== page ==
Twice Blake used the phrase 'stones of fire' found in Ezekiel. His implication was that the spirit of man must learn to traverse the dangers implicit in living in two worlds, of knowing himself as susceptible to the temptations of his mortal flesh although being in essence an immortal spirit. If Job had indeed learned this lesson he was capable of forgiving and becoming an intercessor for his fellow man.

J. B. Phillips Translation

Hebrews 10:1-18
The Law possessed only a dim outline of the benefits Christ would bring and did not actually reproduce them. Consequently it was incapable of perfecting the souls of those who offered their regular annual sacrifices. For if it had, surely the sacrifices would have been discontinued - on the grounds that the worshippers, having been really cleansed, would have had no further consciousness of sin. In practice, however, the sacrifices amounted to an annual reminder of sins; for the blood of bulls and goats cannot really remove the guilt of sin.

Therefore, when Christ enters the world, he says:

    'Sacrifice and offering you did not desire, but a body you have prepared for me. In burnt offerings and sacrifices for sin you had no pleasure. Then I said, Behold, I have come - in the volume of books it is written of me - to do your will, O God' (Psalm 40:6-8).

After saying, "Sacrifice and offering, burnt offerings, and offerings for sin you did not desire, nor had pleasure in them" (which are made according to the Law), Christ then says, "Behold, I have come to do your will, O God."

That means he is dispensing with the old order of sacrifices, and establishing a new order of obedience to the will of God, and in that will we have been made holy by the single unique offering of the body of Christ.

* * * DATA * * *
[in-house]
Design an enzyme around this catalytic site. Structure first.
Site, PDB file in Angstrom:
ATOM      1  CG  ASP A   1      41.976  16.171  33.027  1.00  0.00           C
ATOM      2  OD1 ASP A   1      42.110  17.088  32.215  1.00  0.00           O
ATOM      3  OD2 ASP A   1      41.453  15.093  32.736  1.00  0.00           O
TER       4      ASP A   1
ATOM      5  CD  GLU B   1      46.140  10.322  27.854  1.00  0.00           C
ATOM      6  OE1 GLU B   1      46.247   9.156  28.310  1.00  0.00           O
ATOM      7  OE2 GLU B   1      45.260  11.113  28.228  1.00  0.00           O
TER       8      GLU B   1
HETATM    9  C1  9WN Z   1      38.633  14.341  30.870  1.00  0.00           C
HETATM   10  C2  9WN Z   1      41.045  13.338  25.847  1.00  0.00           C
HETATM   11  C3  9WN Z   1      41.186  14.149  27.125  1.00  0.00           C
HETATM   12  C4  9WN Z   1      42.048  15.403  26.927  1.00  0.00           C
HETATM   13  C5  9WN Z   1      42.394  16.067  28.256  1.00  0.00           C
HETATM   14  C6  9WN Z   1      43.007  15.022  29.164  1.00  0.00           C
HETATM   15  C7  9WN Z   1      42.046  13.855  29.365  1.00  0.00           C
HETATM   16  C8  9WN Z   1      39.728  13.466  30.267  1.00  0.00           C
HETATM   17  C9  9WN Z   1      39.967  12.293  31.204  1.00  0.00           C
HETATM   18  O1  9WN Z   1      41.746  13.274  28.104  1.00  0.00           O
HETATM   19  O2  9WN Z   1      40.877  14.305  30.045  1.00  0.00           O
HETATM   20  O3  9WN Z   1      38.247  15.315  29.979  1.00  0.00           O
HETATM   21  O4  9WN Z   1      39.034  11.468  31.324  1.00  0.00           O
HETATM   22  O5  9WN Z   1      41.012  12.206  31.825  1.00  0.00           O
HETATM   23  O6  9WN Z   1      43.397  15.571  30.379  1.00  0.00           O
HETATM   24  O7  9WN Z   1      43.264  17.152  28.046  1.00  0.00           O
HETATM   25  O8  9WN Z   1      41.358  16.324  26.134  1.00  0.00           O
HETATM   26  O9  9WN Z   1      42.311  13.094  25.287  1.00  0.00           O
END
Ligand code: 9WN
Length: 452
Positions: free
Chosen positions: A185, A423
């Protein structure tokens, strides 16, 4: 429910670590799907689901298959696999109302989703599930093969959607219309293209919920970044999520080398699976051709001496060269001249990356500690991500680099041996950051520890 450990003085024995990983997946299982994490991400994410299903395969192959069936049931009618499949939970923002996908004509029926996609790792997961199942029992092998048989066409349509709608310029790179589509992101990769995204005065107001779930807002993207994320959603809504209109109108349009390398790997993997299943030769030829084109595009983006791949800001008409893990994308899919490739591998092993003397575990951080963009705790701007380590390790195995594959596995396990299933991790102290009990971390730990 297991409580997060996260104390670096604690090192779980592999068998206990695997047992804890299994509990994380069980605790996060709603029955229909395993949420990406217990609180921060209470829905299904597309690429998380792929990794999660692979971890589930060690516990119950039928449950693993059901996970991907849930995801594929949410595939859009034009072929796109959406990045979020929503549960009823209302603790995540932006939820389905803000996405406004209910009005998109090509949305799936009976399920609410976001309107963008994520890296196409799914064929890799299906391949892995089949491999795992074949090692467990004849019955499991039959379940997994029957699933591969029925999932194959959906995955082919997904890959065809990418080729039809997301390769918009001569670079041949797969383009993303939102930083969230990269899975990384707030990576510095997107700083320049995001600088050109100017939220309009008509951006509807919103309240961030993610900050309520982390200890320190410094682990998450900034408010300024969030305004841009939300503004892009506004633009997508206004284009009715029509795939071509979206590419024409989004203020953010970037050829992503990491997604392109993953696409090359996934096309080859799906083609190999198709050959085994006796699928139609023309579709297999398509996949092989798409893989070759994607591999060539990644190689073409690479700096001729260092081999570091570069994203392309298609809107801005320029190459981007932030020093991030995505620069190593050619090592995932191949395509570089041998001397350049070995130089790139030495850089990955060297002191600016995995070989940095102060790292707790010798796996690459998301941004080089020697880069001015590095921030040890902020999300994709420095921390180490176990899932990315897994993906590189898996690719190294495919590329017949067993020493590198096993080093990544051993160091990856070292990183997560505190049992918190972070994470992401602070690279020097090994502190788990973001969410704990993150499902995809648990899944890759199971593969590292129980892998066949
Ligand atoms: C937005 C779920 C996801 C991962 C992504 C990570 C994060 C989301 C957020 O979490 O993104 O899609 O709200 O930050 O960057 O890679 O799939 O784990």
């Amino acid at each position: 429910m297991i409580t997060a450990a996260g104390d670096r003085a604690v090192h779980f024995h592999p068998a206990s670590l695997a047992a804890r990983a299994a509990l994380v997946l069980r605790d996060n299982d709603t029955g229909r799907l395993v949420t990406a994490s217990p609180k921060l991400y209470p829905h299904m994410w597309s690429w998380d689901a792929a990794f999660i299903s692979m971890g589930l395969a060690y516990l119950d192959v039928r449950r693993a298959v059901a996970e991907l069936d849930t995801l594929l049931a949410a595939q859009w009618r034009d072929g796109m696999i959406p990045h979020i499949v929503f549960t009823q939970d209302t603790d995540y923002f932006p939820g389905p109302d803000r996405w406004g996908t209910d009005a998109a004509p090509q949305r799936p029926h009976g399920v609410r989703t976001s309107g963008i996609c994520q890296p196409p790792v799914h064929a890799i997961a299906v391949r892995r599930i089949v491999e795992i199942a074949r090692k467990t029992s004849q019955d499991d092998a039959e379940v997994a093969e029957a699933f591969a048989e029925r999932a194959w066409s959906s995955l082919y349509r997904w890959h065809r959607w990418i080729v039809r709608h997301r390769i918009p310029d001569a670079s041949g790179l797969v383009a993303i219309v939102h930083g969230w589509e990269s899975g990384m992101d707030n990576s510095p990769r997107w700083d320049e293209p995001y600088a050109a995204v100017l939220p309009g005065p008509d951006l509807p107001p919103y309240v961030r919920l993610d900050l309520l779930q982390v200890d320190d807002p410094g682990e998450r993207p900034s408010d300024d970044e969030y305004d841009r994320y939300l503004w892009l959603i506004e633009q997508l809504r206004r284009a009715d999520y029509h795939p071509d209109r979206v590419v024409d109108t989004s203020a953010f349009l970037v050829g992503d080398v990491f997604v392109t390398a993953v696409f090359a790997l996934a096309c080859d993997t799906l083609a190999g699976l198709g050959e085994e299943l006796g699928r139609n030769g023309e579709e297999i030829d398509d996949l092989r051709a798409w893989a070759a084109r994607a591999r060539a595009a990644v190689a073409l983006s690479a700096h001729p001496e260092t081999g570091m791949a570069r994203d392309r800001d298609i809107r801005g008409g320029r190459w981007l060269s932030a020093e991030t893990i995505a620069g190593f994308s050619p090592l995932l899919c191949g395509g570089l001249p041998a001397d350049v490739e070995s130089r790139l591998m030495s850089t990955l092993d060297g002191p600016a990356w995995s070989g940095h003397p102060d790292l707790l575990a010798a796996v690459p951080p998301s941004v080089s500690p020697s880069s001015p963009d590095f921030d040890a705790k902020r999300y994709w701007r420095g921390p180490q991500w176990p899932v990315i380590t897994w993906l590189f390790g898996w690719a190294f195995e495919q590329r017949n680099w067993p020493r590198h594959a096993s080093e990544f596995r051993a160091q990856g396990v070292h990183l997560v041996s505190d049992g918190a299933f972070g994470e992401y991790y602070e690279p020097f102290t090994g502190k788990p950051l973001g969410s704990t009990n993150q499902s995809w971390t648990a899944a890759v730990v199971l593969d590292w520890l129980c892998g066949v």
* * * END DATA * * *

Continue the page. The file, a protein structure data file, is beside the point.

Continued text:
Every human priest stands day by day performing his religious duties and offering time after time the same sacrifices - which can never actually remove sins. But this man (Jesus), after offering one sacrifice for sins for ever, took his seat at God's right hand (in heaven), from that time offering no more sacrifice, but waiting until "his enemies be made his footstool". For by virtue of that one offering he has perfected for all time every one (of those Christians) whom he makes holy. The Holy Spirit himself endorses this truth for us, when he says, first:

    'This is the covenant that I will make with them after those days, says the Lord: I will put my laws into their hearts, and in their minds I will write them' (Jeremiah 31:33).

And then, he adds,

    'Their sins and their lawless deeds I will remember no more' (Jeremiah 31:34).

Where God grants remission of sin there can be no question of making further atonement.


Hebrews 10 (King James Version)

Acts 2
[2] And suddenly there came a sound from heaven as of a rushing mighty wind, and it filled all the house where they were sitting.
[3] And there appeared unto them cloven tongues like as of fire, and it sat upon each of them.
[4] And they were all filled with the Holy Ghost, and began to speak with other tongues, as the Spirit gave them utterance.
[5] And there were dwelling at Jerusalem Jews, devout men, out of every nation under heaven.
[6] Now when this was noised abroad, the multitude came together, and were confounded, because that every man heard them speak in his own language.
[7] And they were all amazed and marvelled, saying one to another, Behold, are not all these which speak Galilaeans?
[8] And how hear we every man in our own tongue, wherein we were born?
[9] Parthians, and Medes, and Elamites, and the dwellers in Mesopotamia, and in Judaea, and Cappadocia, in Pontus, and Asia,
[10] Phrygia, and Pamphylia, in Egypt, and in the parts of Libya about Cyrene, and strangers of Rome, Jews and proselytes,
[11] Cretes and Arabians, we do hear them speak in our tongues the wonderful works of God.
[12] And they were all amazed, and were in doubt, saying one to another, What meaneth this?


GATES of PARADISE: For The Sexes, Prologue, (E 259)
"Mutual Forgiveness of each Vice
Such are the Gates of Paradise
Against the Accusers chief desire
Who walkd among the Stones of Fire
Jehovahs Finger Wrote the Law
Then Wept! then rose in Zeal & Awe
And the Dead Corpse from Sinais heat 
Buried beneath his Mercy Seat        
O Christians Christians! tell me Why
You rear it on your Altars high"